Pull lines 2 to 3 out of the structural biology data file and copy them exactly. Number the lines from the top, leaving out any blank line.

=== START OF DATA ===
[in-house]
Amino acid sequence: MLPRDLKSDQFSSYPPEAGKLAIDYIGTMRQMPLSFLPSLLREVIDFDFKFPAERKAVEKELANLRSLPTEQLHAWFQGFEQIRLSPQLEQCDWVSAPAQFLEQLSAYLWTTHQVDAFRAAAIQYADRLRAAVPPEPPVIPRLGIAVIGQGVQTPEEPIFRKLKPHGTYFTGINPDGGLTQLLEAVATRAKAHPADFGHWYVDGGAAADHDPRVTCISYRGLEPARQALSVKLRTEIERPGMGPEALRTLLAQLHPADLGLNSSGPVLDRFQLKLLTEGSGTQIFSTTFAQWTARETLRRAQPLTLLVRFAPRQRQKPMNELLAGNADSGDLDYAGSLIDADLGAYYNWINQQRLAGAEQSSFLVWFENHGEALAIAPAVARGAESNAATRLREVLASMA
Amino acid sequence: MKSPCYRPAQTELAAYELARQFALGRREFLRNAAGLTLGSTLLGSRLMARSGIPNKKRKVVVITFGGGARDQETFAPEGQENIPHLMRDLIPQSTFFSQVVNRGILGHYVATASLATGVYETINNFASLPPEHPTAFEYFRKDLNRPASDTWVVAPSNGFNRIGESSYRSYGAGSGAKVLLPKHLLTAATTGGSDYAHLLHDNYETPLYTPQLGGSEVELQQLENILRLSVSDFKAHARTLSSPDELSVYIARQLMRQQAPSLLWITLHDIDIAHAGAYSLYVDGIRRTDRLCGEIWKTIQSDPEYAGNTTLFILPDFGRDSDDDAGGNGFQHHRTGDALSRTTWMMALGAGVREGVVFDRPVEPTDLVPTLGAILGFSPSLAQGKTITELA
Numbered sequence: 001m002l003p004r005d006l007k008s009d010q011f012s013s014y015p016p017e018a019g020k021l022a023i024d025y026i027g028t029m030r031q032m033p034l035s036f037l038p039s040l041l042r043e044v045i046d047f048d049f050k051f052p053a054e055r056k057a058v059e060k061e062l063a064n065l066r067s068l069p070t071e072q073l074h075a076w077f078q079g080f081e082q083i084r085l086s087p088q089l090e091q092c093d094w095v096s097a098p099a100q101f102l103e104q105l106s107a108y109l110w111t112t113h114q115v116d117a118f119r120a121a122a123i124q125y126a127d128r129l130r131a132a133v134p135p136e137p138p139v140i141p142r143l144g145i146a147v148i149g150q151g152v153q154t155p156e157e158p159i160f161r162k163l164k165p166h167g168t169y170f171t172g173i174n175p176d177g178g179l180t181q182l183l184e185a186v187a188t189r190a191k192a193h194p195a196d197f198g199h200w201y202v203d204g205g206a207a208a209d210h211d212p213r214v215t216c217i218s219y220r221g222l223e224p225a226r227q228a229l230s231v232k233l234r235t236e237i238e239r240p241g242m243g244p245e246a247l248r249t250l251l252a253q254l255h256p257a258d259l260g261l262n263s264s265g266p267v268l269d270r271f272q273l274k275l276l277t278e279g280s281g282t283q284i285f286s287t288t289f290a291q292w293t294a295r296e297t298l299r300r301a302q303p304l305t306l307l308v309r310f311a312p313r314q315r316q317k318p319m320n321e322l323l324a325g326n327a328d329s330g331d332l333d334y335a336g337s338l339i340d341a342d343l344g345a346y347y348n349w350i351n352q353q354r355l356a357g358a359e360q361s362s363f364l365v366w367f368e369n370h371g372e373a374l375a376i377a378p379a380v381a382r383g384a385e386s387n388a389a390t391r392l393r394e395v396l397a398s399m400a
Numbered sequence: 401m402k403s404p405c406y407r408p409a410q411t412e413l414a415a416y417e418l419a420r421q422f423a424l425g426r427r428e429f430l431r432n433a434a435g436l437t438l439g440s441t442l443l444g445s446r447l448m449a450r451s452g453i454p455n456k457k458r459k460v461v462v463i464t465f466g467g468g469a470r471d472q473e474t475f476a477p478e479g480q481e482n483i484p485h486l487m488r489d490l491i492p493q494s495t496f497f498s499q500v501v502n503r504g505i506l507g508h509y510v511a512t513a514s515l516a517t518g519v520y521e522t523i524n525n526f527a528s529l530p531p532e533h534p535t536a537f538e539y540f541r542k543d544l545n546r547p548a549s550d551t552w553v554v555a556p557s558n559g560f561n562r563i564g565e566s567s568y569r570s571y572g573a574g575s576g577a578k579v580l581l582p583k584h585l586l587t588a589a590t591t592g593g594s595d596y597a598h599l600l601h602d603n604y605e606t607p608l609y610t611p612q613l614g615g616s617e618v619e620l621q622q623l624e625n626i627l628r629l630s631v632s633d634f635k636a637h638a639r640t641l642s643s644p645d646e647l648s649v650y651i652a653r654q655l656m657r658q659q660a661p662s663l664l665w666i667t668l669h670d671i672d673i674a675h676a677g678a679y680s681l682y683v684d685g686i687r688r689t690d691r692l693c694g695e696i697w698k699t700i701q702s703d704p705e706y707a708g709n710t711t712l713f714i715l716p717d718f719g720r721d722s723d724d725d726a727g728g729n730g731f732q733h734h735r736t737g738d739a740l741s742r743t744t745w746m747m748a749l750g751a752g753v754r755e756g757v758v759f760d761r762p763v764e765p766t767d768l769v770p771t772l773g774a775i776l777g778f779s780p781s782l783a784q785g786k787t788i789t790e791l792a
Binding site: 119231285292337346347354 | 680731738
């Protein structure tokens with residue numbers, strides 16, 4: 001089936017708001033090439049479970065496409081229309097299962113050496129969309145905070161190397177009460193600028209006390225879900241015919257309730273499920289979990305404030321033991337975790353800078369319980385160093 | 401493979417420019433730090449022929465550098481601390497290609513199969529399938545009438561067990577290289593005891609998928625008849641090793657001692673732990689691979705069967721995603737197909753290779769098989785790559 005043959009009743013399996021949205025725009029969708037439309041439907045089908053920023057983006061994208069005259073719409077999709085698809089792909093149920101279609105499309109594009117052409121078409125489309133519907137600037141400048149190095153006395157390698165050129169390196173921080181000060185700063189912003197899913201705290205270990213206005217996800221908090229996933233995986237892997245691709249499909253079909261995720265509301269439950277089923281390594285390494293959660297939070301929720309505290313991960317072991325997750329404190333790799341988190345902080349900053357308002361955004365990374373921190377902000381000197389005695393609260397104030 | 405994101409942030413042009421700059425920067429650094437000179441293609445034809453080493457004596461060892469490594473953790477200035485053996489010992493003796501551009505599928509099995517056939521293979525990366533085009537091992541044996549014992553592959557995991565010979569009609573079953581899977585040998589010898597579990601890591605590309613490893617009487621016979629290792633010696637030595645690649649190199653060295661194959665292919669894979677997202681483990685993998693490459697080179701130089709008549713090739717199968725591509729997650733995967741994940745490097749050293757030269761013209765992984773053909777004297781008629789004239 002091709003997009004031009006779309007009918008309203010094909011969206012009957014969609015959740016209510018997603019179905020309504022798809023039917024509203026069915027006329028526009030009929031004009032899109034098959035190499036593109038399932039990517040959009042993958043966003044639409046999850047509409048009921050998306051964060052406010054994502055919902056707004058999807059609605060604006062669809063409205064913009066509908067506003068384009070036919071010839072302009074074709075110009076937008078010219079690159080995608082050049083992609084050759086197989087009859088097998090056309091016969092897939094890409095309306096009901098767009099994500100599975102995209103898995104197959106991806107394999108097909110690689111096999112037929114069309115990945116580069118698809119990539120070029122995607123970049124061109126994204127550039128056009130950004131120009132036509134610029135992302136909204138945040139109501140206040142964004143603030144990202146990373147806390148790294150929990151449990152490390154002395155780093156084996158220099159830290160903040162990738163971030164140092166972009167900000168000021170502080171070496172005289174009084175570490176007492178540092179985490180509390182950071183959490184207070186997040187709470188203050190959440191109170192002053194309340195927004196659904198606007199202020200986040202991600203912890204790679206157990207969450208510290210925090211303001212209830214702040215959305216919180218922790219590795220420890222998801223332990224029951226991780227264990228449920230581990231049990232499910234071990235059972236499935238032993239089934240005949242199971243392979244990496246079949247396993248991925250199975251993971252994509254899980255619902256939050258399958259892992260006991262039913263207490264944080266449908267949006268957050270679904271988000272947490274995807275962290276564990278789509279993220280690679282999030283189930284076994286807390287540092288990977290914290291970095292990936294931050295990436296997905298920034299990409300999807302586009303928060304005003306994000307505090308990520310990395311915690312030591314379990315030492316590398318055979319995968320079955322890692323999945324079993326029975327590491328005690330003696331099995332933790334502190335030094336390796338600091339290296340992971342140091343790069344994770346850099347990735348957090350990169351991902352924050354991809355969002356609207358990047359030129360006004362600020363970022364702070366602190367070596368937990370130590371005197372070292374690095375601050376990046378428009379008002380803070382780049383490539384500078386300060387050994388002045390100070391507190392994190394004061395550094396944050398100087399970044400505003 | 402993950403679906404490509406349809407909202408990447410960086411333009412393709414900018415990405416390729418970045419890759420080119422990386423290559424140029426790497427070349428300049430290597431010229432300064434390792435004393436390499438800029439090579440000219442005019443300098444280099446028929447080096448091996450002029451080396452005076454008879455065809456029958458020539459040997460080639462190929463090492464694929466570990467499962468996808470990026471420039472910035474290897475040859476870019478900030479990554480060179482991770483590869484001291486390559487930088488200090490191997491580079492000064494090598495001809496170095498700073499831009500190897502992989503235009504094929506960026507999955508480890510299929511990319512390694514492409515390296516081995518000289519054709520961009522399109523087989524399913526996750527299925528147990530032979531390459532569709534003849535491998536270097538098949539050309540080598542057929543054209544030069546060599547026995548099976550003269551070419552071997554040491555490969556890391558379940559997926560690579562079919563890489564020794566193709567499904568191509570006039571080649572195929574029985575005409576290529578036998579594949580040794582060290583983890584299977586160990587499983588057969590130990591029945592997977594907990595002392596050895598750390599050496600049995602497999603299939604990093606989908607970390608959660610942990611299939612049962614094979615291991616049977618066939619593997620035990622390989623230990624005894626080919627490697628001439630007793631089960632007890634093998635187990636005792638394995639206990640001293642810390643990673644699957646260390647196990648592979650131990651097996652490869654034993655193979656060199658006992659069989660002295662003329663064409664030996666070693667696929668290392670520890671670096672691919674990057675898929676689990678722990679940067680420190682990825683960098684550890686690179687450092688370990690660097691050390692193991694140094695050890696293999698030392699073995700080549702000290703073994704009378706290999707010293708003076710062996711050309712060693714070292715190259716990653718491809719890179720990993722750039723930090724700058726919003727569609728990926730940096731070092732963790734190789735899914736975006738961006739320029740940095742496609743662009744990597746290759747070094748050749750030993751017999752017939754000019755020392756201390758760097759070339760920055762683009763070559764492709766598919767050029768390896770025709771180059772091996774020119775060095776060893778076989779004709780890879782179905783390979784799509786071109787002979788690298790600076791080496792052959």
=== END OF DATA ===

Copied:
Amino acid sequence: MLPRDLKSDQFSSYPPEAGKLAIDYIGTMRQMPLSFLPSLLREVIDFDFKFPAERKAVEKELANLRSLPTEQLHAWFQGFEQIRLSPQLEQCDWVSAPAQFLEQLSAYLWTTHQVDAFRAAAIQYADRLRAAVPPEPPVIPRLGIAVIGQGVQTPEEPIFRKLKPHGTYFTGINPDGGLTQLLEAVATRAKAHPADFGHWYVDGGAAADHDPRVTCISYRGLEPARQALSVKLRTEIERPGMGPEALRTLLAQLHPADLGLNSSGPVLDRFQLKLLTEGSGTQIFSTTFAQWTARETLRRAQPLTLLVRFAPRQRQKPMNELLAGNADSGDLDYAGSLIDADLGAYYNWINQQRLAGAEQSSFLVWFENHGEALAIAPAVARGAESNAATRLREVLASMA
Amino acid sequence: MKSPCYRPAQTELAAYELARQFALGRREFLRNAAGLTLGSTLLGSRLMARSGIPNKKRKVVVITFGGGARDQETFAPEGQENIPHLMRDLIPQSTFFSQVVNRGILGHYVATASLATGVYETINNFASLPPEHPTAFEYFRKDLNRPASDTWVVAPSNGFNRIGESSYRSYGAGSGAKVLLPKHLLTAATTGGSDYAHLLHDNYETPLYTPQLGGSEVELQQLENILRLSVSDFKAHARTLSSPDELSVYIARQLMRQQAPSLLWITLHDIDIAHAGAYSLYVDGIRRTDRLCGEIWKTIQSDPEYAGNTTLFILPDFGRDSDDDAGGNGFQHHRTGDALSRTTWMMALGAGVREGVVFDRPVEPTDLVPTLGAILGFSPSLAQGKTITELA